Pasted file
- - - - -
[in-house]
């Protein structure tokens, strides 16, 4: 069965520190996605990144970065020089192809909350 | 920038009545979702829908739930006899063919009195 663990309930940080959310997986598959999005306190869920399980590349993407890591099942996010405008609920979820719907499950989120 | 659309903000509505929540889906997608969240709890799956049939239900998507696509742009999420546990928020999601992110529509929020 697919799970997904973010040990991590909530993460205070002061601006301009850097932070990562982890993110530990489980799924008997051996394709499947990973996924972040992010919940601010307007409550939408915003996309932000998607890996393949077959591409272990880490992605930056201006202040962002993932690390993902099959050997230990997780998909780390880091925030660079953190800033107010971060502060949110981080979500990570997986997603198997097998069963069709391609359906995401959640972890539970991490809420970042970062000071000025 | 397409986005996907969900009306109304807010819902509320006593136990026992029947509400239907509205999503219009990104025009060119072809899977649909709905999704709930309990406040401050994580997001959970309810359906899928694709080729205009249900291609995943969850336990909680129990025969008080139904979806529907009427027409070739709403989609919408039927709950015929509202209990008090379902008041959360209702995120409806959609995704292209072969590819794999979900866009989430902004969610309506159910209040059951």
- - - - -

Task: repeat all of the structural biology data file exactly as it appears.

[in-house]
């Protein structure tokens, strides 16, 4: 069965520190996605990144970065020089192809909350 | 920038009545979702829908739930006899063919009195 663990309930940080959310997986598959999005306190869920399980590349993407890591099942996010405008609920979820719907499950989120 | 659309903000509505929540889906997608969240709890799956049939239900998507696509742009999420546990928020999601992110529509929020 697919799970997904973010040990991590909530993460205070002061601006301009850097932070990562982890993110530990489980799924008997051996394709499947990973996924972040992010919940601010307007409550939408915003996309932000998607890996393949077959591409272990880490992605930056201006202040962002993932690390993902099959050997230990997780998909780390880091925030660079953190800033107010971060502060949110981080979500990570997986997603198997097998069963069709391609359906995401959640972890539970991490809420970042970062000071000025 | 397409986005996907969900009306109304807010819902509320006593136990026992029947509400239907509205999503219009990104025009060119072809899977649909709905999704709930309990406040401050994580997001959970309810359906899928694709080729205009249900291609995943969850336990909680129990025969008080139904979806529907009427027409070739709403989609919408039927709950015929509202209990008090379902008041959360209702995120409806959609995704292209072969590819794999979900866009989430902004969610309506159910209040059951």